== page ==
A back and biceps workout with dumbbells isn’t just a great way to add in some upper-body work to your strength training routine—it can also carry some serious benefits outside the gym too.

That’s because a lot of us spend a ton of time sitting, whether we’re hunched over a desk at work or scrolling through our smartphones after. And the resulting poor posture can lead to a host of issues: When your shoulders roll forward, your upper back muscles—particularly your rhomboids, mid and lower trapezius, and deep cervical flexors, plus a few others—lengthen, while your chest or pectoral muscles shorten, certified personal trainer Alicia Jamison, MA, a coach at Bodyspace Fitness and lecturer of exercise physiology at Brooklyn College, tells SELF. This can lead to tightness in the front of your body, and weakness around your upper back, she says. Ultimately, it can set the stage for muscle imbalances, which can up your risk of injury and lead to general discomfort—think low back pain and achy knees and hips, explains Jamison.

That’s why adding pulling exercises into your workout routine is so crucial: They help engage and strengthen your backside muscles. This is important, because strong back muscles can combat the forward-slouching position by literally pulling your head and shoulders into the better-aligned positioning.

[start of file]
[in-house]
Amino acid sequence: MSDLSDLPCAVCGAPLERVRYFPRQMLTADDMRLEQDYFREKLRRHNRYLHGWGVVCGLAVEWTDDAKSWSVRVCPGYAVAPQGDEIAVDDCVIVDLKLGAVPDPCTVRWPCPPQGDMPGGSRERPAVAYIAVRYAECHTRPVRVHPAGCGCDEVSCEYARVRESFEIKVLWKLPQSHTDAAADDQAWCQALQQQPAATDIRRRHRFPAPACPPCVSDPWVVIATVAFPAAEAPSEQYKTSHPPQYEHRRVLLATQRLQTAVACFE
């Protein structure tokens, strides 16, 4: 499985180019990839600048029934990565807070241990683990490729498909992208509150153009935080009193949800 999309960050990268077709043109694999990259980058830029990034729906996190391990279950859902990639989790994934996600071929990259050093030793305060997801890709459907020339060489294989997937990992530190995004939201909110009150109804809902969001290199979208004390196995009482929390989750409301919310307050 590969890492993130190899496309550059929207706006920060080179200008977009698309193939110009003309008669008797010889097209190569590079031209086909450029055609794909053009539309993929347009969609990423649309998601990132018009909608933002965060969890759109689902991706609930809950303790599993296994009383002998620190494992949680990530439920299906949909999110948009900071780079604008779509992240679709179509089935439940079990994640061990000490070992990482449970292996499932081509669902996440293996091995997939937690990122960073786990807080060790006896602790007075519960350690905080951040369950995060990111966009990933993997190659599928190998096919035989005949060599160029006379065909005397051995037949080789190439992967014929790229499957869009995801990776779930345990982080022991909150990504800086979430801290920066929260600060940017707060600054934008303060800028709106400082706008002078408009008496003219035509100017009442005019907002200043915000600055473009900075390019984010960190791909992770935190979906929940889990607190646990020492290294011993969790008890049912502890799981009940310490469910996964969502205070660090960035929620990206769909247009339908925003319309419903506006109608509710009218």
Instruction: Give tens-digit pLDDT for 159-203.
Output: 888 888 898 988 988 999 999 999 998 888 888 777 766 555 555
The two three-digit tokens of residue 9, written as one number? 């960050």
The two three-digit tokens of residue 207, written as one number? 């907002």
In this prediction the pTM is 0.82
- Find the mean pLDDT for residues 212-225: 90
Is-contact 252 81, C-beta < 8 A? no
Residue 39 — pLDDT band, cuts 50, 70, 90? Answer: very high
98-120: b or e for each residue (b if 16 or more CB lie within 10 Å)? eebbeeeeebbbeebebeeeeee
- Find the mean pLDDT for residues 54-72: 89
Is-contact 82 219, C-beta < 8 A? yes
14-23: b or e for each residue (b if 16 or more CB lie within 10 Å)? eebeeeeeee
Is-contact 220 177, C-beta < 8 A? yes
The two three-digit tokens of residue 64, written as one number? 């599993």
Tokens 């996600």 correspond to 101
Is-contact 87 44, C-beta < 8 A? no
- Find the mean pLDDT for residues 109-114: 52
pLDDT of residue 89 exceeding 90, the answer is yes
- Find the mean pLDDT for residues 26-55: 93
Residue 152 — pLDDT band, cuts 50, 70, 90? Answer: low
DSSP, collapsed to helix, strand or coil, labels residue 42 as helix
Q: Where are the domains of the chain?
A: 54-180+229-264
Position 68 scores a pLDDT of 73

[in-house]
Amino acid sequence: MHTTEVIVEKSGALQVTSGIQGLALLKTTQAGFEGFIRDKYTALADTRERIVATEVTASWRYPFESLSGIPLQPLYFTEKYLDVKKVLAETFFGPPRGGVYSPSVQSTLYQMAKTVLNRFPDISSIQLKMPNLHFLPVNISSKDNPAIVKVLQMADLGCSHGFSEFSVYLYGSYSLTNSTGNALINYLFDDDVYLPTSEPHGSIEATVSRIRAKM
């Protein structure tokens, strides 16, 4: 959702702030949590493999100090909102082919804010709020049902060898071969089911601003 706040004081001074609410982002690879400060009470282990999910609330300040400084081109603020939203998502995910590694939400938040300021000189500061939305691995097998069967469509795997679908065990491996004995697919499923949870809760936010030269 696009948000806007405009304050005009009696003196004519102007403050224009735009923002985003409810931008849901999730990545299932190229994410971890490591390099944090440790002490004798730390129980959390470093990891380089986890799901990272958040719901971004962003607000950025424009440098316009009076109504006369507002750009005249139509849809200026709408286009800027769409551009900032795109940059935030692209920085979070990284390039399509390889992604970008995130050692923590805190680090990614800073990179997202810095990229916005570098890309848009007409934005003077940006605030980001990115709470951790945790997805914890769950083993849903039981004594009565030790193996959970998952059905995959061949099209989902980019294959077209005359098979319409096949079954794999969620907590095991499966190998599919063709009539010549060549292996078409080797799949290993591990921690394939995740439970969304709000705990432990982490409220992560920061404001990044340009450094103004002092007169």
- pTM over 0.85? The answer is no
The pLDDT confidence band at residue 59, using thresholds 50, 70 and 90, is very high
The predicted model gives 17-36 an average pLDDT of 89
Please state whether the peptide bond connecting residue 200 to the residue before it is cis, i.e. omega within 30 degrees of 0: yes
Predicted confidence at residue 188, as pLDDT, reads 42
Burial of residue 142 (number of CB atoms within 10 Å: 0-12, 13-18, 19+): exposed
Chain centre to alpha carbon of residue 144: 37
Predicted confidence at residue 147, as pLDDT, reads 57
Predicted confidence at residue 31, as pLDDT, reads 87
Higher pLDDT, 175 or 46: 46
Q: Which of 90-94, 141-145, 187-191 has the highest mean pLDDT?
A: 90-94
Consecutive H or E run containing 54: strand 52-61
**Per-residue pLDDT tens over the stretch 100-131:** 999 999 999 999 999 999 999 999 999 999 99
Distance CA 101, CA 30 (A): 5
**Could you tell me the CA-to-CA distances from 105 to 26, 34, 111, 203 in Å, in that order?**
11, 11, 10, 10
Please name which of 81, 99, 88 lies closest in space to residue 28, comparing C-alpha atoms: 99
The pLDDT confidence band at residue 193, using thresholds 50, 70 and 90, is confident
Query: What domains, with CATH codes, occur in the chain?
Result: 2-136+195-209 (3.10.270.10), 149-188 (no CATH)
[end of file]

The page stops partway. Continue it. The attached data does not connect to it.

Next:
And there are a whole bunch of options out there, regardless of what kind of equipment you have at your disposal. If you don’t have access to dumbbells, barbells, or kettlebells, bodyweight exercises like pull-ups, chin-ups, or inverted rows are great pulling options. Doing a home workout and have some free weights? Pullovers or row variations (say, like the bent-over row and renegade row) work that same movement. And if you’re at the gym, specific machines like the lat pull down or cable system can help diversify your routine.

The pulling motion really works your back muscles, but your arms—especially your biceps (officially called the biceps brachii)—get in on the action too: “Anything that requires you to flex your elbow requires your biceps to activate,” explains Jamison. In fact, depending on the grip you choose—if you go narrower rather than wider—you may actually hit your arms more than the bigger muscles in your back. So to be able to effectively execute pulling moves, you’ll want your biceps muscles as strong as possible, which is why it doesn’t hurt to show these upper-arm muscles some specialized love.

With that in mind, Jamison created a five-move dumbbell workout that can strengthen your upper back and biceps, while also engaging key muscles that can help you stand (or sit) up straight. For instance, the mid and lower traps, deltoids, serratus anterior, and rotator cuff muscles all play a role in helping you maintain optimal positioning.

Before diving into this routine, do a warm-up first to loosen tight areas and activate your muscles, focusing on your chest and back. You can try moves like the pec doorway stretch, T-spine extensions, and banded pull-aparts.